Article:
A group of schools and community groups has won an 11th-hour order preventing Sprint from shutting down its older WiMax network as it had planned to do on Friday.
Massachusetts superior court judge Janet Sanders granted a temporary halt Thursday, saying that the groups had demonstrated a likelihood of success in proving their case that Sprint and its Clearwire unit were violating their contracts with the shutdown.
Mobile Beacon and Mobile Citizen, which provide Internet service to nonprofits and schools using the WiMax network, praised the ruling.
“The injunction compels Sprint to honor its professed commitment to closing the digital divide,” Mobile Citizen founder John Schwartz said in a statement. “It’s unfortunate it took a court order to stop Sprint from shutting off 300,000 children, families, teachers and community members from access to the American dream. But we look forward to moving ahead positively with Sprint and ensuring that everyone in our community can keep the service they rely on to connect to the larger world around them.”
Mobile Citizen said the emergency order requires Sprint to maintain its WiMax network in certain areas for 90 days to allow the organizations more time to move users to Sprint’s LTE network. Sprint was the first to have a true 4G network thanks to its adoption of WiMax, which was ready ahead of LTE. However, LTE networks proved faster and more popular, prompting Sprint to switch gears and go for an LTE network.
The company has said for some time that it planned to shutter the WiMax network. Deactivating the network would mean that consumers that have phones or hotspots that work on WiMax and 3G will only be able to get slower 3G service, while those with WiMax-only devices won’t get service at all.
In addition to retail customers, some others resold service on Sprint’s WiMax network, including groups like Mobile Citizen who focused on offering Internet access to schools and nonprofits. Sprint has about 1,000 Internet service providers that are part of its school broadband program, though the company says 85 percent of those have moved to the LTE network.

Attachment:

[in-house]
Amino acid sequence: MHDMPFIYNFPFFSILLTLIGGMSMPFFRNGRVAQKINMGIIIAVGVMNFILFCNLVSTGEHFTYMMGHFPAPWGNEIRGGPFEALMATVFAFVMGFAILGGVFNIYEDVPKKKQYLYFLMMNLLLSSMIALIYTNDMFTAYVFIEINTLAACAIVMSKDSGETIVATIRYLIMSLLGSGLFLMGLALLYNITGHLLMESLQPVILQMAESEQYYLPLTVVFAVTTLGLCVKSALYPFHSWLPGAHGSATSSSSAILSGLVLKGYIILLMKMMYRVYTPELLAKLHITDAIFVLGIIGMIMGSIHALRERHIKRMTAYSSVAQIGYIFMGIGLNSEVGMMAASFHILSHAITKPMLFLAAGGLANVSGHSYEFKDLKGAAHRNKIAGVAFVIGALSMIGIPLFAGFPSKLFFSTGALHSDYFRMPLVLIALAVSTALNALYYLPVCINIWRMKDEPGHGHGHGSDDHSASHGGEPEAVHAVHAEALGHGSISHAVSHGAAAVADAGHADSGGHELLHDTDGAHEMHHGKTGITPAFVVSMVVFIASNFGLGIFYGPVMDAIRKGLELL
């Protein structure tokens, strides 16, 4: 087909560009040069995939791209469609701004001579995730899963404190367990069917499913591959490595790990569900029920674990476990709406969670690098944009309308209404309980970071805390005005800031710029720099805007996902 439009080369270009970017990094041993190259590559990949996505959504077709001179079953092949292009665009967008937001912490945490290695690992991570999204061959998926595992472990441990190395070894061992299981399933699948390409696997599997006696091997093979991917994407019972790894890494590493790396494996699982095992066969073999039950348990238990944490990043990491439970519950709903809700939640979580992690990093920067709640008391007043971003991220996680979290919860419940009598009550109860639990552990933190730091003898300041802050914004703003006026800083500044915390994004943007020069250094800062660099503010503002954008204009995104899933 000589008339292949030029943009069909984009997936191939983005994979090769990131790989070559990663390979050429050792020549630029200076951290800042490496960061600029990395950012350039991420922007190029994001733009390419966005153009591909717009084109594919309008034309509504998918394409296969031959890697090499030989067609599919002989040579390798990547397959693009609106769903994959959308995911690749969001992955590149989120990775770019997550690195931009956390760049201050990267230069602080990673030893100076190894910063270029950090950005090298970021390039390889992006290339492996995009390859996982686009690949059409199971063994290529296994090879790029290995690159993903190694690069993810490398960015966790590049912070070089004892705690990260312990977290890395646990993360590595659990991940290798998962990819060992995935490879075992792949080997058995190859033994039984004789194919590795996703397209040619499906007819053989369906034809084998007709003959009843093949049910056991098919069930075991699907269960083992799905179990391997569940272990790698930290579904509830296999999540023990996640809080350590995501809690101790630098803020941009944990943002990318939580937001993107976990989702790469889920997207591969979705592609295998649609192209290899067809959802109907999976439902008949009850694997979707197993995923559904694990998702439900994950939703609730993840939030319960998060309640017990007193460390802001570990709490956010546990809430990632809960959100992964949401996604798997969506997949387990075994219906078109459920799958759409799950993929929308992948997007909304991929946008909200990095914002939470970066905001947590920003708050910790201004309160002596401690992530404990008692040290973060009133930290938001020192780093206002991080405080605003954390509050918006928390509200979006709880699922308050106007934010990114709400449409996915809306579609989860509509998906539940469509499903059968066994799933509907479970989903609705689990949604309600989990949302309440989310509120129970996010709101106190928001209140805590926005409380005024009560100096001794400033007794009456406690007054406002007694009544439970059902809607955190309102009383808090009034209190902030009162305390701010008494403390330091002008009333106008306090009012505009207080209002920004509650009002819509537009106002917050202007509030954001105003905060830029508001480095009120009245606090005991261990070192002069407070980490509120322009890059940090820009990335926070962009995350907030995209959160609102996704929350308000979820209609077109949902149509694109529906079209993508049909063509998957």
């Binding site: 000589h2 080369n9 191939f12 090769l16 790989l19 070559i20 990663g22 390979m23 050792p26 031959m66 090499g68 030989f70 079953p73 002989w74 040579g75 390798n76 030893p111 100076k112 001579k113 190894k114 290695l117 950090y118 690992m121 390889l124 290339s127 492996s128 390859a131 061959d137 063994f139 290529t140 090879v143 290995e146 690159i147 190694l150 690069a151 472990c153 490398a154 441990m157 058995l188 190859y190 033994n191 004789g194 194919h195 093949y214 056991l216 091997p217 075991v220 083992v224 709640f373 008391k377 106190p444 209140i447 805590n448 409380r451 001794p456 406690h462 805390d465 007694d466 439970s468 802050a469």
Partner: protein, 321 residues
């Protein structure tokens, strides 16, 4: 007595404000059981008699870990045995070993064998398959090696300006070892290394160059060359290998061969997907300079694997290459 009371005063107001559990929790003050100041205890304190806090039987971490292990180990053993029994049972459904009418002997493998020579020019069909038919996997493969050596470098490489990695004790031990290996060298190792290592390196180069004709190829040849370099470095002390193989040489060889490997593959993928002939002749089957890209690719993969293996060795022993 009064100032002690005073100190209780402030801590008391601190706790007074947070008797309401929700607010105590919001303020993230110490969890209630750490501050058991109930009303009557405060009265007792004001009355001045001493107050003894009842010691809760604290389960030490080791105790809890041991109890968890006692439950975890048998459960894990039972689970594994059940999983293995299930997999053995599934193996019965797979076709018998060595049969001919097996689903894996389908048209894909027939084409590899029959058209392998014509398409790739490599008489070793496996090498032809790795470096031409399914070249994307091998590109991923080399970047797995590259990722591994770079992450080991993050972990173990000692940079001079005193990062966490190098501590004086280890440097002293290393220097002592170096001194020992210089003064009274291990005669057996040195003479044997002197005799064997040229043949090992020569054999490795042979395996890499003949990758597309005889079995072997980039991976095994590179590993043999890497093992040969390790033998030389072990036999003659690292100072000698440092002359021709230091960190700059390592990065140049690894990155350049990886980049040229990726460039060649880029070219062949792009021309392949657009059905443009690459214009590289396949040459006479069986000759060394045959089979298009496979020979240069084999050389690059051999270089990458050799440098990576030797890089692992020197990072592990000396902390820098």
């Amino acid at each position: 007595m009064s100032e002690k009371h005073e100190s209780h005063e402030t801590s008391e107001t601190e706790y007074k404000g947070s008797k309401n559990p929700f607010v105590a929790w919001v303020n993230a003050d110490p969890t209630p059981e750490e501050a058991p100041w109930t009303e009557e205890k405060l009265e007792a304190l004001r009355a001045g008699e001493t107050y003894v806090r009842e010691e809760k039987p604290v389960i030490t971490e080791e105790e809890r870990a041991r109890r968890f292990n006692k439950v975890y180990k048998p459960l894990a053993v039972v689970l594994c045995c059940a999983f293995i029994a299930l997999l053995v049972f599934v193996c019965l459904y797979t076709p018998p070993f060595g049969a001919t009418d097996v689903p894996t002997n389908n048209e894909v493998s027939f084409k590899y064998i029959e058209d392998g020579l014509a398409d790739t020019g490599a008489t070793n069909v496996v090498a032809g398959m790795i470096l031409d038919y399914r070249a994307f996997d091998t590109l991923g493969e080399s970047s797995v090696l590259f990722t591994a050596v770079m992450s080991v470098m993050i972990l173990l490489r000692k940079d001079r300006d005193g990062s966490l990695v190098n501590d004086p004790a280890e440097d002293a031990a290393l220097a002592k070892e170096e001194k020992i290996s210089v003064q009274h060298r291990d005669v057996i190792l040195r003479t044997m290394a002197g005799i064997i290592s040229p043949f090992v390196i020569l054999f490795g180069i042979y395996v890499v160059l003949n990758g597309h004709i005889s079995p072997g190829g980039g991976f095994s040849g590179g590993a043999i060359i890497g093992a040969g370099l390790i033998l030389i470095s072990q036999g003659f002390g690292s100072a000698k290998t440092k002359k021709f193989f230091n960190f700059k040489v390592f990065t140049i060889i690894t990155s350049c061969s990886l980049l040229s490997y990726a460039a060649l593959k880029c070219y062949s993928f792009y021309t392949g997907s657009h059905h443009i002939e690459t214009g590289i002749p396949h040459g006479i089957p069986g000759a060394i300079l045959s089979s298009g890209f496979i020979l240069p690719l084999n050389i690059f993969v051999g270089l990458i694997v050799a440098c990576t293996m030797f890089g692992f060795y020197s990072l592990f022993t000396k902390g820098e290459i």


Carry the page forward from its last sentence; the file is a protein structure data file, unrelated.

Sprint isn’t saying how many people are still using the WiMax network, but it has said that educational customers account for about 5 percent of those that remain.
Update, 12:45 p.m. PT: Sprint says it disagrees with the ruling and declined to say whether it would go ahead with shutting down some parts of the network while keeping it open in areas served by the groups who filed suit.
“We plan to continue to protect our rights in this contract dispute and expect to prevail on the merits,” Sprint said in a statement to Re/code. “We are reviewing the decision and evaluating our options.”
The company said it hoped that Mobile Beacon and Mobile Citizen “will take this time to work cooperatively with Sprint to resolve the contract dispute.”
Sprint also touted its track record as a provider of Internet to schools, non-profits and the disadvantaged. “At Sprint we believe in the power of the internet to change people’s lives for the better,” it said. “Sprint’s record of programs to bridge the digital divide proves it cares about ensuring as many customers as possible are connected at all times.”
Here’s a copy of the order that Mobile Citizen posted to the Web.
This article originally appeared on Recode.net.